Valorizing Racial Boundaries: Hegemony and Conflict in the Racialization of Filipino Migrant Labour in the United States

Title:
Valorizing Racial Boundaries: Hegemony and Conflict in the Racialization of Filipino Migrant Labour in the United States
Authors:
Baldoz, Richard
Abstract:
This article examines the role of the “racial state” in delimiting the socio-economic mobility of Filipino immigrants in the United States during the first half of the twentieth century. I illustrate how racial statecraft was deployed to restrict the access of Filipino immigrants to citizenship, family formation and land ownership through exclusionary racial criteria. I argue that the state instituted ascribed racial categories as the principal means of differentiating the civic status and social resources available to racialized collectivities. Filipino immigrants in the United States offer an interesting case study because of their status as colonial subjects of the United States. The precarious political and racial status of Filipinos made the enforcement of racial boundaries a complex issue that was contested by both whites and Filipinos and eventually led to a prohibition on Filipino immigration to the United States in the 1930s.
Citation:
Baldoz, Richard. 2004. "Valorizing Racial Boundaries: Hegemony and Conflict in the Racialization of Filipino Migrant Labour in the United States." Ethnic and Racial Studies 27(6): 969-986.
Publisher:
Taylor & Francis
DATE ISSUED:
2004-11
Department:
French and Italian
Type:
article
PUBLISHED VERSION:
10.1080/0141987042000268558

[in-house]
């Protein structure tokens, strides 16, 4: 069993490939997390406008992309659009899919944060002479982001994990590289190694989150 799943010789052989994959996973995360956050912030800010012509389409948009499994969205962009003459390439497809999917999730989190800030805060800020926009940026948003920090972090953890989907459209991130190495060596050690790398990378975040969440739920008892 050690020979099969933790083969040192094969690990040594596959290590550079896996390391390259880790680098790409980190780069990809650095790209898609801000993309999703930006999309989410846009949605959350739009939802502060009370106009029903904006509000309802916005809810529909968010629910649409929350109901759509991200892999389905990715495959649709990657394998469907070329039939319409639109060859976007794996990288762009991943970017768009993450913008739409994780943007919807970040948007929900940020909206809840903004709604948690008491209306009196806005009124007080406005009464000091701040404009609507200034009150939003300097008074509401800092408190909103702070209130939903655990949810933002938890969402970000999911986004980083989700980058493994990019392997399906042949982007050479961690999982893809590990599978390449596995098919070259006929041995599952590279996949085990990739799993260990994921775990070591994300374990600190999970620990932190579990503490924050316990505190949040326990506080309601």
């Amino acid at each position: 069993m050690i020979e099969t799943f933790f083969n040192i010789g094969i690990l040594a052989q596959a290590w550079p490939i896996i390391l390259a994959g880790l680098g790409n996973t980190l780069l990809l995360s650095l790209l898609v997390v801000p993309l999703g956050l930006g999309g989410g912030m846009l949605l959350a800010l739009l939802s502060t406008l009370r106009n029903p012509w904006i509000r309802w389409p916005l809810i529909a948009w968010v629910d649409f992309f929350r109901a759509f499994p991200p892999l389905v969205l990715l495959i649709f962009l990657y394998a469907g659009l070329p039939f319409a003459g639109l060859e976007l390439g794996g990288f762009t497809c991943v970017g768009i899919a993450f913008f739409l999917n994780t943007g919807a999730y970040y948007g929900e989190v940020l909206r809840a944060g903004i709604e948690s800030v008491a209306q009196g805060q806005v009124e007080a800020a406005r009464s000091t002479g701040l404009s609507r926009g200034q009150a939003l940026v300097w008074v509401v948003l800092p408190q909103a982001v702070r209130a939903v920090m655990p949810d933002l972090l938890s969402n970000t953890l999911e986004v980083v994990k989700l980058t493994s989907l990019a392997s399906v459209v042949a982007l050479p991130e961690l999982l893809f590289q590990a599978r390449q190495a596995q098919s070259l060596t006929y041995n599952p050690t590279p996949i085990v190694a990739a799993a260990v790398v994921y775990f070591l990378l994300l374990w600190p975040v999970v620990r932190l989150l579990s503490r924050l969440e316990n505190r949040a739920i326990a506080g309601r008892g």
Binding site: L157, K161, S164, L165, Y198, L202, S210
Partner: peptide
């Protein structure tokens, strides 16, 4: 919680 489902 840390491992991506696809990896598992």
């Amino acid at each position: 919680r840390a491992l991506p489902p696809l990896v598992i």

PERMANENT LINK:
http://hdl.handle.net/11282/309679

Full metadata record

DC FieldValue Language
dc.contributor.authorBaldoz, Richarden_US
dc.date.accessioned2013-12-23T16:14:54Zen
dc.date.available2013-12-23T16:14:54Zen
dc.date.issued2004-11en
dc.identifier.citationBaldoz, Richard. 2004. "Valorizing Racial Boundaries: Hegemony and Conflict in the Racialization of Filipino Migrant Labour in the United States." Ethnic and Racial Studies 27(6): 969-986.en_US
dc.identifier.issn0141-9870en_US
dc.identifier.urihttp://hdl.handle.net/11282/309679en
dc.description.abstractThis article examines the role of the “racial state” in delimiting the socio-economic mobility of Filipino immigrants in the United States during the first half of the twentieth century. I illustrate how racial statecraft was deployed to restrict the access of Filipino immigrants to citizenship, family formation and land ownership through exclusionary racial criteria. I argue that the state instituted ascribed racial categories as the principal means of differentiating the civic status and social resources available to racialized collectivities. Filipino immigrants in the United States offer an interesting case study because of their status as colonial subjects of the United States. The precarious political and racial status of Filipinos made the enforcement of racial boundaries a complex issue that was contested by both whites and Filipinos and eventually led to a prohibition on Filipino immigration to the United States in the 1930s.en_US
dc.language.isoen_USen_US
dc.publisherTaylor & Francisen_US
dc.identifier.doi10.1080/0141987042000268558en
dc.subject.departmentFrench and Italianen_US
dc.titleValorizing Racial Boundaries: Hegemony and Conflict in the Racialization of Filipino Migrant Labour in the United Statesen_US
dc.typearticleen_US
dc.identifier.journalEthnic and Racial Studiesen_US
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